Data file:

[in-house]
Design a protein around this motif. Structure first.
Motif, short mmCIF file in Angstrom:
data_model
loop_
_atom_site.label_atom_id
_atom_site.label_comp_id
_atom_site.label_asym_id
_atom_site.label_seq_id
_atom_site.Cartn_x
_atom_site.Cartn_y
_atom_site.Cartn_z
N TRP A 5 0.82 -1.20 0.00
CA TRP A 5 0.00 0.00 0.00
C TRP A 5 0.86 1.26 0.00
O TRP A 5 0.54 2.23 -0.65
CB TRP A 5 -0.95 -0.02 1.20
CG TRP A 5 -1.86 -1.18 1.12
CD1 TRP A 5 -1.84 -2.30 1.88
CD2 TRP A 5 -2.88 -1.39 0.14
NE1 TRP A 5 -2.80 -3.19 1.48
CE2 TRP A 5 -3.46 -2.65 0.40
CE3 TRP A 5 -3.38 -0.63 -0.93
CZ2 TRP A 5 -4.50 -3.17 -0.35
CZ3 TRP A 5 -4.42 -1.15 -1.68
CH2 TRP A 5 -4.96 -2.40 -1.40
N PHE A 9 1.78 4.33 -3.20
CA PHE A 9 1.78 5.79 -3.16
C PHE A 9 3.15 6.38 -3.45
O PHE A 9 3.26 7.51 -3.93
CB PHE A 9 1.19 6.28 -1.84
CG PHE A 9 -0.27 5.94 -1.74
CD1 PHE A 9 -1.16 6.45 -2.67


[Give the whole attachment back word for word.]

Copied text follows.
[in-house]
Design a protein around this motif. Structure first.
Motif, short mmCIF file in Angstrom:
data_model
loop_
_atom_site.label_atom_id
_atom_site.label_comp_id
_atom_site.label_asym_id
_atom_site.label_seq_id
_atom_site.Cartn_x
_atom_site.Cartn_y
_atom_site.Cartn_z
N TRP A 5 0.82 -1.20 0.00
CA TRP A 5 0.00 0.00 0.00
C TRP A 5 0.86 1.26 0.00
O TRP A 5 0.54 2.23 -0.65
CB TRP A 5 -0.95 -0.02 1.20
CG TRP A 5 -1.86 -1.18 1.12
CD1 TRP A 5 -1.84 -2.30 1.88
CD2 TRP A 5 -2.88 -1.39 0.14
NE1 TRP A 5 -2.80 -3.19 1.48
CE2 TRP A 5 -3.46 -2.65 0.40
CE3 TRP A 5 -3.38 -0.63 -0.93
CZ2 TRP A 5 -4.50 -3.17 -0.35
CZ3 TRP A 5 -4.42 -1.15 -1.68
CH2 TRP A 5 -4.96 -2.40 -1.40
N PHE A 9 1.78 4.33 -3.20
CA PHE A 9 1.78 5.79 -3.16
C PHE A 9 3.15 6.38 -3.45
O PHE A 9 3.26 7.51 -3.93
CB PHE A 9 1.19 6.28 -1.84
CG PHE A 9 -0.27 5.94 -1.74
CD1 PHE A 9 -1.16 6.45 -2.67